This report from the Primary Research Group published recently, focuses on the database licensing practices of research libraries with data presented separately for legal, corporate, higher education and other libraries. The study presents up to date data on database spending broken out by type of information vehicle (eBook, Journals Database, Other Periodicals Database, Directory, etc.) and by subject matter (i.e. legal, medical, business, etc.)
The report looks closely at how libraries organize their database procurement and processing bureaucracy, pinpointing the number of positions devoted to digital information, and staff time spent on tasks such as procurement and invoice processing. The report is particularly rich in data about negotiations with vendors, presenting data separately for efforts to negotiate various issues such as interlibrary loan provisions, access to archives in the event of cancellation, timing of payments, price increases, provisions for credits in the event of downtime, extent of hard copy printouts allowed, and much more.
Among other issues covered: database renewal intentions, testing of new databases, view of price increases, use of open access resources, spending on “by the slice” electronic info in lieu of subscriptions, relations with consortia, the impact of mobile computing on electronic info use in the library, use of legal help in contracts, data on legal disputes with publishers and trends in overall database use.
Just a few of this 145 page report’s many findings are that:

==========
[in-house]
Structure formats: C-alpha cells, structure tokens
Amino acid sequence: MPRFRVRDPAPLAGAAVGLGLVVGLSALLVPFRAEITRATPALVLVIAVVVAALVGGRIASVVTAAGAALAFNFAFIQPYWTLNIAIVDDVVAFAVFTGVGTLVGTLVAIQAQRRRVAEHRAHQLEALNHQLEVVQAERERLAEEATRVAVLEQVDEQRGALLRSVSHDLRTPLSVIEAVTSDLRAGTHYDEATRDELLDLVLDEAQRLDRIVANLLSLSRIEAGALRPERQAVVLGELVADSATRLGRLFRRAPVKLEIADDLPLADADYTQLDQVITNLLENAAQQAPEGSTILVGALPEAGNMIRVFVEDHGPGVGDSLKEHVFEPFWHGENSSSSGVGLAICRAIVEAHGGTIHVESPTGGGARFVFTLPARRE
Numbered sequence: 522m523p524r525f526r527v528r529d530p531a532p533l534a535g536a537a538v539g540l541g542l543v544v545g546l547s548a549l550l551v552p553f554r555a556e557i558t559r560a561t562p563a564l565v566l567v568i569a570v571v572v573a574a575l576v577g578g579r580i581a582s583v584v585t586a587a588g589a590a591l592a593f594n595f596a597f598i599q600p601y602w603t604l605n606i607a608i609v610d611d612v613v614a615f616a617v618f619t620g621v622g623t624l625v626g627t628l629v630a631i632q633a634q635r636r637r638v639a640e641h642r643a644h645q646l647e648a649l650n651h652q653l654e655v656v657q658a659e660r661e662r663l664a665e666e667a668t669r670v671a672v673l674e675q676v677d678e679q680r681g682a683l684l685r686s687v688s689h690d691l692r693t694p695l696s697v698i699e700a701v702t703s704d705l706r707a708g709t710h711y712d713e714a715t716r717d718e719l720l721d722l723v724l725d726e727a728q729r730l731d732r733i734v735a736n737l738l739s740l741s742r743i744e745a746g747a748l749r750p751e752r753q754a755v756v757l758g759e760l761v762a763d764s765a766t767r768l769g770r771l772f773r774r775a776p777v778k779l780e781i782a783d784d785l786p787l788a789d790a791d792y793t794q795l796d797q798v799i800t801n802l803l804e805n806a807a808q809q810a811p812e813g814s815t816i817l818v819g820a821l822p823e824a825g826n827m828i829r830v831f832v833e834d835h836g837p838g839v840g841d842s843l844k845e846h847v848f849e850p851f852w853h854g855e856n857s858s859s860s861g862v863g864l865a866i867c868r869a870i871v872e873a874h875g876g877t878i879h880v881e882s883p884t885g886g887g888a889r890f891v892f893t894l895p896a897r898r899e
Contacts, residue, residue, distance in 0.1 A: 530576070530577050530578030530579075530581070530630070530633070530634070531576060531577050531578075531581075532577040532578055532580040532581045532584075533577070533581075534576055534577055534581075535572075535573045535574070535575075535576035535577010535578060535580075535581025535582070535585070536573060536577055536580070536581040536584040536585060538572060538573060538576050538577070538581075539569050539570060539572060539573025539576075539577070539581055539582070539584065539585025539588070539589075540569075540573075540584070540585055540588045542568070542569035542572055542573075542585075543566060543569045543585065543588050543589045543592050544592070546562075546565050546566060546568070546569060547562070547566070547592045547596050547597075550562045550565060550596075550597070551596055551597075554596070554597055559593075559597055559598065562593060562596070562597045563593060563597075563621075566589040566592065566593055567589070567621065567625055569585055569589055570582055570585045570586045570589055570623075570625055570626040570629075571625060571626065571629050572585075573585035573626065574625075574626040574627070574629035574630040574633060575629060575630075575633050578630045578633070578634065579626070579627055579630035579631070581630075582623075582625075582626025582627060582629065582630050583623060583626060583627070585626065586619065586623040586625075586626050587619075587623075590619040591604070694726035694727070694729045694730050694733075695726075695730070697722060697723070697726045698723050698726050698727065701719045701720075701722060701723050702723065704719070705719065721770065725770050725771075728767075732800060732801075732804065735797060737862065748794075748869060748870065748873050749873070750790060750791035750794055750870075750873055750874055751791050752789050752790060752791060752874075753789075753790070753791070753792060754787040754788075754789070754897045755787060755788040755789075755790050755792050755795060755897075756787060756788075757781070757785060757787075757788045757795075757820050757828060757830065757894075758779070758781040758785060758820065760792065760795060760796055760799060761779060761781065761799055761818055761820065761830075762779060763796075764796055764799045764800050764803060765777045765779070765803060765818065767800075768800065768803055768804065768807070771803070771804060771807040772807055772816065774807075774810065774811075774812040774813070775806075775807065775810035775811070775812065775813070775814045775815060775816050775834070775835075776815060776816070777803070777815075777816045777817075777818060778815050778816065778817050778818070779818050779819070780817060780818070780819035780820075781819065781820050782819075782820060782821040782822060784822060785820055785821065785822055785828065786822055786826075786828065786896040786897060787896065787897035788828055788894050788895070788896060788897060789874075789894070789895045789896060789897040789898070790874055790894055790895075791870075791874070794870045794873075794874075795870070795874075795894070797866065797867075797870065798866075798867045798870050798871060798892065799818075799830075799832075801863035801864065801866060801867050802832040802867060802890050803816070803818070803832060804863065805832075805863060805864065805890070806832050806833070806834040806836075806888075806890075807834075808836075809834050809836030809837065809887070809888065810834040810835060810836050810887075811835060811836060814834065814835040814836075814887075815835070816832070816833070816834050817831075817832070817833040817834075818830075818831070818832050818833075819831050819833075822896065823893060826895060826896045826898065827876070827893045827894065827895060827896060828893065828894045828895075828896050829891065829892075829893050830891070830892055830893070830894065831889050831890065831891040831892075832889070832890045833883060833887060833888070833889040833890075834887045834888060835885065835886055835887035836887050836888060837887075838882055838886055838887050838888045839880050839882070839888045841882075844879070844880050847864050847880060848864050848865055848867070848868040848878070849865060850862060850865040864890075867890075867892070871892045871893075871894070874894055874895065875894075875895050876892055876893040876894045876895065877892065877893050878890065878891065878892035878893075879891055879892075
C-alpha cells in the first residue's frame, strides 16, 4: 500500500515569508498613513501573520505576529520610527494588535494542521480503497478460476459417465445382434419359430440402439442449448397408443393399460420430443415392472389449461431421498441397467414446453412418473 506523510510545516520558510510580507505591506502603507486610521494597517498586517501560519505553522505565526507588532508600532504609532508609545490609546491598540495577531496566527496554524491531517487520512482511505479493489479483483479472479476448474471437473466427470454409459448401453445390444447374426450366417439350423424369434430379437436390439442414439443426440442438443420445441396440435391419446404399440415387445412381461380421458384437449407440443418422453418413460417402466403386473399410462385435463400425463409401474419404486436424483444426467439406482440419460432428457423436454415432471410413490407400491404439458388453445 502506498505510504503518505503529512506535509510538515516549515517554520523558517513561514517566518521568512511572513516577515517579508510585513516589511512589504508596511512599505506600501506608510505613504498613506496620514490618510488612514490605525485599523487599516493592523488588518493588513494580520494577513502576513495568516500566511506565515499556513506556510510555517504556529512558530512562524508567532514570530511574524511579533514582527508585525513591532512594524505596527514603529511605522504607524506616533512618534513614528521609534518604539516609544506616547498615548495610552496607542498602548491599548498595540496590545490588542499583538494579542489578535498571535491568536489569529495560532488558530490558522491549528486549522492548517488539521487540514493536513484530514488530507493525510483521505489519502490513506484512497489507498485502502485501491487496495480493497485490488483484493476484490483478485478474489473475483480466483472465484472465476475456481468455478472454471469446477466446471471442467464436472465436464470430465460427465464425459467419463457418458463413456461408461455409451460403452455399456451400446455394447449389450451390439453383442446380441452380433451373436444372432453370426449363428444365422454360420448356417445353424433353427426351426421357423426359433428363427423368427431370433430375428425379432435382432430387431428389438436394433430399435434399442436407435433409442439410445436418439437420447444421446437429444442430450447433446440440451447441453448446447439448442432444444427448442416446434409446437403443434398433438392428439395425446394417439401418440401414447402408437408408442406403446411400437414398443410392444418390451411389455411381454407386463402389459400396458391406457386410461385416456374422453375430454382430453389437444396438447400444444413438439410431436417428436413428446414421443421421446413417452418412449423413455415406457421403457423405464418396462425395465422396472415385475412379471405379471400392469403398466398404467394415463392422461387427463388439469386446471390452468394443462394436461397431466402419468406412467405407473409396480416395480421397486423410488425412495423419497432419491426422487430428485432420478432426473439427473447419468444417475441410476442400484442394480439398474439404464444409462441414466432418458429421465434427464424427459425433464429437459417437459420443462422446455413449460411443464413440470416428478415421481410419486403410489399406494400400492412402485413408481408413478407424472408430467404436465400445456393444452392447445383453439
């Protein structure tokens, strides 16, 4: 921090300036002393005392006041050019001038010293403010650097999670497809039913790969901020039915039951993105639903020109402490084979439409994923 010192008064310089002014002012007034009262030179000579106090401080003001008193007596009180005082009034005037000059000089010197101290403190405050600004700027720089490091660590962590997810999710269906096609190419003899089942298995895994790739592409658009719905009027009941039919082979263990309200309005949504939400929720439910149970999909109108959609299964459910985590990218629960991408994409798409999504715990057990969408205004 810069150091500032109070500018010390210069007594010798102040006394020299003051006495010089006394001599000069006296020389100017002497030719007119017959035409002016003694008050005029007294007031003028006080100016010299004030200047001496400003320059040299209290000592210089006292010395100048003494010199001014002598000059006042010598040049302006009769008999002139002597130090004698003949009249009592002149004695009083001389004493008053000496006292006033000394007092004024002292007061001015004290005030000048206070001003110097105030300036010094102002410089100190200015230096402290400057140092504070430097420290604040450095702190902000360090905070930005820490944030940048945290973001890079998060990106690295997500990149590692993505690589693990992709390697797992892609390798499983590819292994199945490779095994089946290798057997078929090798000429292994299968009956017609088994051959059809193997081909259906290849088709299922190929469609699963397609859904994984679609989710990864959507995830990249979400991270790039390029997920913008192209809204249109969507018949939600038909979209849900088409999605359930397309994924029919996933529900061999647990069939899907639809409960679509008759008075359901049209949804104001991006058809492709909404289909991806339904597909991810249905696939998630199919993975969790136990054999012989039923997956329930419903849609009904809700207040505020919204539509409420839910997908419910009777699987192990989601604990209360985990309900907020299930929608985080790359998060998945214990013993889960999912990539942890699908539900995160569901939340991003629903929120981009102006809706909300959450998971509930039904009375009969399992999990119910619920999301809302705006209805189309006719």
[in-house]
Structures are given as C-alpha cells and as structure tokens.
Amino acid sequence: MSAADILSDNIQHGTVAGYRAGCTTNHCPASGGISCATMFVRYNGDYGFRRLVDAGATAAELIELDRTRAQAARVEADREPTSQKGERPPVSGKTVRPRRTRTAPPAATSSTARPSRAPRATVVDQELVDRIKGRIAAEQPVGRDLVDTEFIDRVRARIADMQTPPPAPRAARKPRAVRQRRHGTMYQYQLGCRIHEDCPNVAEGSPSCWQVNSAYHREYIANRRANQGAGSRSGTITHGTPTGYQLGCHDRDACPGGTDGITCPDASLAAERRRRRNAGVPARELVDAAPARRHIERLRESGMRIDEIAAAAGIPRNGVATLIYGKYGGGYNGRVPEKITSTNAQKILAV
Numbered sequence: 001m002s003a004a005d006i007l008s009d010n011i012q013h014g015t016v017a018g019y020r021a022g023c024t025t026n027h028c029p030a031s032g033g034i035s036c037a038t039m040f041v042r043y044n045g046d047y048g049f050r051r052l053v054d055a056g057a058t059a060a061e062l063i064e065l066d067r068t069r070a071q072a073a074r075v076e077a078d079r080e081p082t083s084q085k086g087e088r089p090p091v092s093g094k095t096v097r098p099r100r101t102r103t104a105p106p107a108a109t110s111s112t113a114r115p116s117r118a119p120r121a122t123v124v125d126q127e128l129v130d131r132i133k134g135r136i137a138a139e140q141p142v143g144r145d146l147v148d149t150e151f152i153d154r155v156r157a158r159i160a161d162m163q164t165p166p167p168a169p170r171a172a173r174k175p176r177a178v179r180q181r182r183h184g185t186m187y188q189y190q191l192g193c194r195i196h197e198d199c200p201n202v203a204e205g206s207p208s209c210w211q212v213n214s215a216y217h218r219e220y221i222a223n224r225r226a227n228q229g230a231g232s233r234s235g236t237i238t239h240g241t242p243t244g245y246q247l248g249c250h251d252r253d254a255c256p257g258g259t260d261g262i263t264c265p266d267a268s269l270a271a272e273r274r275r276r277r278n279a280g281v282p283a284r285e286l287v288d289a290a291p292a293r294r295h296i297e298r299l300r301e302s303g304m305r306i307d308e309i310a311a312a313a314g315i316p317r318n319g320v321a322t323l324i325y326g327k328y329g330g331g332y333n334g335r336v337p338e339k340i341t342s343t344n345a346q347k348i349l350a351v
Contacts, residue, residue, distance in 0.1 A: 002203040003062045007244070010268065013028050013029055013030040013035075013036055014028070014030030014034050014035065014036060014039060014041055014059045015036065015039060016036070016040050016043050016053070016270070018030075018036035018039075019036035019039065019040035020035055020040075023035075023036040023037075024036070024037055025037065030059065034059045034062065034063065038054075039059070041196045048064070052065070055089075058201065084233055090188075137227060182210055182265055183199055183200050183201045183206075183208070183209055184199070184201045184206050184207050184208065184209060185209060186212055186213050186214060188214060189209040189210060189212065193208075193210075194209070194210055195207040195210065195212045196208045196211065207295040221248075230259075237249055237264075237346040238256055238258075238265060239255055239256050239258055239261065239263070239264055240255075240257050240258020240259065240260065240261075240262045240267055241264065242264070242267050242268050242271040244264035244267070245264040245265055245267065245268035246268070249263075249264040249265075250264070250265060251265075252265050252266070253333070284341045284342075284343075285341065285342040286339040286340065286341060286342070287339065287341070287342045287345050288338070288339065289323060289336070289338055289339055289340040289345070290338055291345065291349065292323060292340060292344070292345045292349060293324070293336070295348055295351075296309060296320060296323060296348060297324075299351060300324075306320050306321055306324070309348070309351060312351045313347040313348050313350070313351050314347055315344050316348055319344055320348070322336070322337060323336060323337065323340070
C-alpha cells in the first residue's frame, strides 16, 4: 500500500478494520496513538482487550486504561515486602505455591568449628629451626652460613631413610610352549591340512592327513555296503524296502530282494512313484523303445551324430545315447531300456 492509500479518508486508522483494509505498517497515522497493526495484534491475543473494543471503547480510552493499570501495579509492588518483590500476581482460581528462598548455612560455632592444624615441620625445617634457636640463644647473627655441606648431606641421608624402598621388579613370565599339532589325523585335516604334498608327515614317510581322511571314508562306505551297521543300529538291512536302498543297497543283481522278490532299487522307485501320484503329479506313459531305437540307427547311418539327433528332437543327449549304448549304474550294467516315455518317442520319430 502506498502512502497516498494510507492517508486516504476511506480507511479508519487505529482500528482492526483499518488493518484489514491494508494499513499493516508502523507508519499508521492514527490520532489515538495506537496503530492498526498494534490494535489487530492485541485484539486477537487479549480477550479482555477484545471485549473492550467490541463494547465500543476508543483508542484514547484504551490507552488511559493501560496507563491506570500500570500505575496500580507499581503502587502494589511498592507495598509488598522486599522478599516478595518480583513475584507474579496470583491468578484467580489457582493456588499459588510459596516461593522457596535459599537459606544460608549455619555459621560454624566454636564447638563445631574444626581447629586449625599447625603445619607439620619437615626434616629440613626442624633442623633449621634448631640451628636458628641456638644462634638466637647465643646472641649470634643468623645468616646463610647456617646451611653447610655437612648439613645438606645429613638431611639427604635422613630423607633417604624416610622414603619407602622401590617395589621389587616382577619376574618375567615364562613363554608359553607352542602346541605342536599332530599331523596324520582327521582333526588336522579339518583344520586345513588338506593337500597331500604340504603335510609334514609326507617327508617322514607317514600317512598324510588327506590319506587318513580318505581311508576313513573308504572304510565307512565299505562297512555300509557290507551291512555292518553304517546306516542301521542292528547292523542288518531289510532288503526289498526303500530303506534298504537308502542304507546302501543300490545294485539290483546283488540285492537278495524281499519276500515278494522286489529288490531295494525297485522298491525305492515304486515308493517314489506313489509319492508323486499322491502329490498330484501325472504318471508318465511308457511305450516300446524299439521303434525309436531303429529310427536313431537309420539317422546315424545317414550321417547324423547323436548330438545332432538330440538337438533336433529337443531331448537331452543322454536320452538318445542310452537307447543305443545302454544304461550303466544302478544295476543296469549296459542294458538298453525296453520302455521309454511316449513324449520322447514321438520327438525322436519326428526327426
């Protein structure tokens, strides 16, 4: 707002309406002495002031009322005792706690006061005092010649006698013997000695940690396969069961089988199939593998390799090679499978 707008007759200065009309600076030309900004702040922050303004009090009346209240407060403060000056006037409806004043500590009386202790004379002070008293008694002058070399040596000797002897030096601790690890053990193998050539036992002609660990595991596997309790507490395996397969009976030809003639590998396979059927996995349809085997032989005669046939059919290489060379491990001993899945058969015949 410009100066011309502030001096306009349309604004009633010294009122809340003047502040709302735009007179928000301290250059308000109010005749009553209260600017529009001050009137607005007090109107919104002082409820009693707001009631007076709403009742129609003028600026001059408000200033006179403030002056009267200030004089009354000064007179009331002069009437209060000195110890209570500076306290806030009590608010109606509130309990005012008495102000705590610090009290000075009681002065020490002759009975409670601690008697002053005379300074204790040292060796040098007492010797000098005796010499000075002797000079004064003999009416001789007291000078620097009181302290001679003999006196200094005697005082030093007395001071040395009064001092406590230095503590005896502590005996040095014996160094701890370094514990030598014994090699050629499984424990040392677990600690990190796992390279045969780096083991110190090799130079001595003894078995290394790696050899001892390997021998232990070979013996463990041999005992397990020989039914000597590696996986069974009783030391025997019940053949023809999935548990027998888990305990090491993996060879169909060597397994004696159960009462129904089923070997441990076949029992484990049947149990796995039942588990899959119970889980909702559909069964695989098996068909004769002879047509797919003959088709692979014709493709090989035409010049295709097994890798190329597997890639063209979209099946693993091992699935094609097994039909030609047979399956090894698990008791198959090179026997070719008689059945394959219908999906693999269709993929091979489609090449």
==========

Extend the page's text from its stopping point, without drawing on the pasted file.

• The libraries in the sample spent a mean of $917,897 on database licenses in 2013. Spending by libraries in the sample on databases rose considerably in 2014 to a mean of $997,709, or an annual increase of approximately 8.7%.
• The mean number of digital information licenses maintained by the libraries in the sample in 2013 was a mean of 68.6 with a median of 30; the range was 0 to 320.
• 25.3% of the libraries sample had tried to negotiate over the extent of hard copy printouts allowed.
• College and university libraries had the most success in negotiating price reductions when data shows declining use of a database; 8.33% of them said that they were often successful and another 37.5% were successful occasionally in negotiating price reductions in these circumstances.
• The survey participants used lawyers from within or outside of their organizations for contract review or disputes for a mean of only 18.58 hours in the past year.
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